When you were a student, Abstract Expressionism was the rage. Yet your pieces are based on the figure.
I never took any figure classes at all. It wasn’t cool. But the artists I was attracted to at that time—Magritte, Duchamp, other surrealists—were figurative. They were dream states. I liked the humor. I liked the ridiculousness. It’s just the way I saw the world.
You once said you have to be a masochist to be a ceramic artist.
Ceramics is a difficult medium. Not only do you have to paint the surface, but you have to know how to build. It’s very technical. Why would anybody in their right mind deal with a material that is so difficult? It can crack at any stage of the game. Then you have to put it in the magic box [a kiln]. You’re never quite sure what will come out. … With painting, you put a mark down and you know it’s there. With ceramics, there are always these horrible challenges. You never know.
Your work seems to have shifted. There is less whimsy and more political commentary.
I’m kind of a news junkie. It’s so crazy what is going on in this country. You can’t make this stuff up.
Sheila Farr, a regular UW Magazine contributor, described Warashina’s experience developing her artistic eye at the UW:
Warashina enrolled at UW and, as an elective, signed up for a beginning drawing class taught by graduate student instructor John Constantine (whose son Dow Constantine would go on to a prominent political career in King County). Instantly she was hooked. “I thought, wow, this is great; it’s amazing. I didn’t even know what a charcoal stick was. I found myself in there at night doing these drawings.” One quarter after another she signed up for drawing and then, in her sophomore year, tried a ceramics class. She never left. “I just wanted to spend my time there all the time. It was really sick. The tactile feeling of the material: it’s seducing.”
First she fell in love with the material and then later started to learn the history of ceramics and connect to the tradition of Japanese pottery. Respected UW ceramics instructor Robert Sperry, who had spent time studying in Japan, was influential in that evolution and, among other things, taught her about dealing with the surface of clay. “Bob told me to take a lot of painting, so I did … He was very influenced by Japanese brushwork and he taught me that.” The visceral, risk-taking work of ceramics instructor Harold Myers provided a counterpoint in Warashina’s training. She also took jewelry courses from Ruth Penington (1905-1998), a strong female role model and nationally known jewelry maker.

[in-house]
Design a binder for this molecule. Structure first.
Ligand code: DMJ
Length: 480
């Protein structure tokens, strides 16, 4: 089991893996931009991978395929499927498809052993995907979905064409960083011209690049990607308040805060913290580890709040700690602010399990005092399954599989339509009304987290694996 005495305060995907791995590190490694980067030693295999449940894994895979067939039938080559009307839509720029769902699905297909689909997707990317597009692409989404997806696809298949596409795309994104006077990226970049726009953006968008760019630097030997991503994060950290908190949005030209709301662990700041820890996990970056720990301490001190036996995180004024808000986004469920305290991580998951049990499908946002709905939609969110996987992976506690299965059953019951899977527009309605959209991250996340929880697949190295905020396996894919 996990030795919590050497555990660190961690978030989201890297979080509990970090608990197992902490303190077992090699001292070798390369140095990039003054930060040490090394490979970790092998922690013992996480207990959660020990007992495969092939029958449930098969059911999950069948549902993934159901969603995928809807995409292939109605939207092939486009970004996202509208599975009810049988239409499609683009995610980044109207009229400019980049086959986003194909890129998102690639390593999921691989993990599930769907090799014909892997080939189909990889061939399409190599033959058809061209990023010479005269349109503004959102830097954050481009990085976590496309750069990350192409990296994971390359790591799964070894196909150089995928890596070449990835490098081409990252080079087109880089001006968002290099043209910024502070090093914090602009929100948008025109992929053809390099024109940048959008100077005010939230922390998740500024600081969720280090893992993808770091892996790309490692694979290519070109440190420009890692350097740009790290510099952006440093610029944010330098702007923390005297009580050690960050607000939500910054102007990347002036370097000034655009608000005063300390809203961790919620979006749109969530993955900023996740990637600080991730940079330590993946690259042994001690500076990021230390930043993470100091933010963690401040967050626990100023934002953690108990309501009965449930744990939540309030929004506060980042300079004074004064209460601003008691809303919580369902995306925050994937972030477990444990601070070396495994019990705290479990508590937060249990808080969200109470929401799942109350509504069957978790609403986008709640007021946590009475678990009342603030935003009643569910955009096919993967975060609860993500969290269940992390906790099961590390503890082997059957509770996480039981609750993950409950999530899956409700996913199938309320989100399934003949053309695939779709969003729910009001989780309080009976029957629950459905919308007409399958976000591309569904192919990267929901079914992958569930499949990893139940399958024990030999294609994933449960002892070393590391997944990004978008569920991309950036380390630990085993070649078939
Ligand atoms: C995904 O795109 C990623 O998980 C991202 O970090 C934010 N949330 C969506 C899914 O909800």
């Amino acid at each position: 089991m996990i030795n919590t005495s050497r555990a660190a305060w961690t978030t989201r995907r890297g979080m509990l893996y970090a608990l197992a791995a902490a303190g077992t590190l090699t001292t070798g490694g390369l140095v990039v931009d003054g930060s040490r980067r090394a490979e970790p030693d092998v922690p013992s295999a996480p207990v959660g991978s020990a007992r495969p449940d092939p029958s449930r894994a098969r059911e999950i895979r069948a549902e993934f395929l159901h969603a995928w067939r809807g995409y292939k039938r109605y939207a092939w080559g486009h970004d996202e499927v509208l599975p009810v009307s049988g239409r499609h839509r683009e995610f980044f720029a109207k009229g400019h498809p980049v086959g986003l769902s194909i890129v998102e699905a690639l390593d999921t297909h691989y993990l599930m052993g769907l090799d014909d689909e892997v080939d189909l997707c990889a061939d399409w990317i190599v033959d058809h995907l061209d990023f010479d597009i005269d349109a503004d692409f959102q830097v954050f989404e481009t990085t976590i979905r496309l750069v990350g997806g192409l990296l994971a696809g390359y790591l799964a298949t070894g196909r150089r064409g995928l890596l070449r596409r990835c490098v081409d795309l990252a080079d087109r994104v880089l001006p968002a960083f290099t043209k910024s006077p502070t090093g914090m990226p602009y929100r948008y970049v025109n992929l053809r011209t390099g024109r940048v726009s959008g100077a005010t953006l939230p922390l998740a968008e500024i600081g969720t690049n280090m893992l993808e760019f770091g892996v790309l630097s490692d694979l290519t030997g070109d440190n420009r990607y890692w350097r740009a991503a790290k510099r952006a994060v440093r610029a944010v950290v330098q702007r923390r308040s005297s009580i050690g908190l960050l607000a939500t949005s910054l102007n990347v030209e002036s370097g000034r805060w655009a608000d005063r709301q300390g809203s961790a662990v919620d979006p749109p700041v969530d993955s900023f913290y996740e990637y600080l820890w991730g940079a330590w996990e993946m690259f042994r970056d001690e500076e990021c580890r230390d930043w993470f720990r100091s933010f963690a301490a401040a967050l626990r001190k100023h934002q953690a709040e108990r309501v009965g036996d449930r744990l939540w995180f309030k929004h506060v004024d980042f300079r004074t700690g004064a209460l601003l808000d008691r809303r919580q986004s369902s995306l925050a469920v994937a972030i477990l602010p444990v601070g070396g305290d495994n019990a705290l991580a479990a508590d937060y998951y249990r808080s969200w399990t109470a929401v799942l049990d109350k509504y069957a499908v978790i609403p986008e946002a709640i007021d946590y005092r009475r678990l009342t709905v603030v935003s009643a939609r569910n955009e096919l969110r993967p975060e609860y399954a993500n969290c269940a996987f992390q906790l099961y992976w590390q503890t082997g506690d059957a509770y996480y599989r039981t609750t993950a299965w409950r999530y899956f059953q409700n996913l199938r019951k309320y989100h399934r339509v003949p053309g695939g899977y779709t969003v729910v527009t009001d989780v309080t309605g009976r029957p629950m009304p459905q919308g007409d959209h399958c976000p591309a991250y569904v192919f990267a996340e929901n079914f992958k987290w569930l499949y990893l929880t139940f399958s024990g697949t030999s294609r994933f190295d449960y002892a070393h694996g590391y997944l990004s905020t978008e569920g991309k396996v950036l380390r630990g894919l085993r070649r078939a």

The UW art school was small in those days and Warashina was part of a particularly gifted group of students, including the painter Chuck Close (b. 1940). They’d all get together and party: students, grad students, and instructors. The artists wouldn’t leave their studio work until after midnight and even with those long nights Warashina wanted more. Before going home on Fridays, she’d leave a window open so she could sneak back in on the weekend:
“That’s how bad it was. I was really addicted. I had these roommates and they got mad. They said, ‘Patti, you need to go out at night.’ But I told them I like what I’m doing” (Farr interview).
She mastered the skill of “throwing” pots on a wheel, and even got into competitions with her male classmates to see who could pull 25 pounds of clay the quickest: shaping and controlling the material into a perfect vessel. She was good, but throwing didn’t hold her interest. She designed her pots to have surfaces she could draw and paint on. Her first exhibition as an undergraduate was at the Phoenix studio and gallery on Capitol Hill, owned and operated by the sculptor Philip Levine, where she also taught ceramics classes.
For more about the Spokane-born ceramics master, visit her artist page over at the Smithsonian. Below is an ad that the UWAA ran to honor Warashina in the Smithsonian catalogue.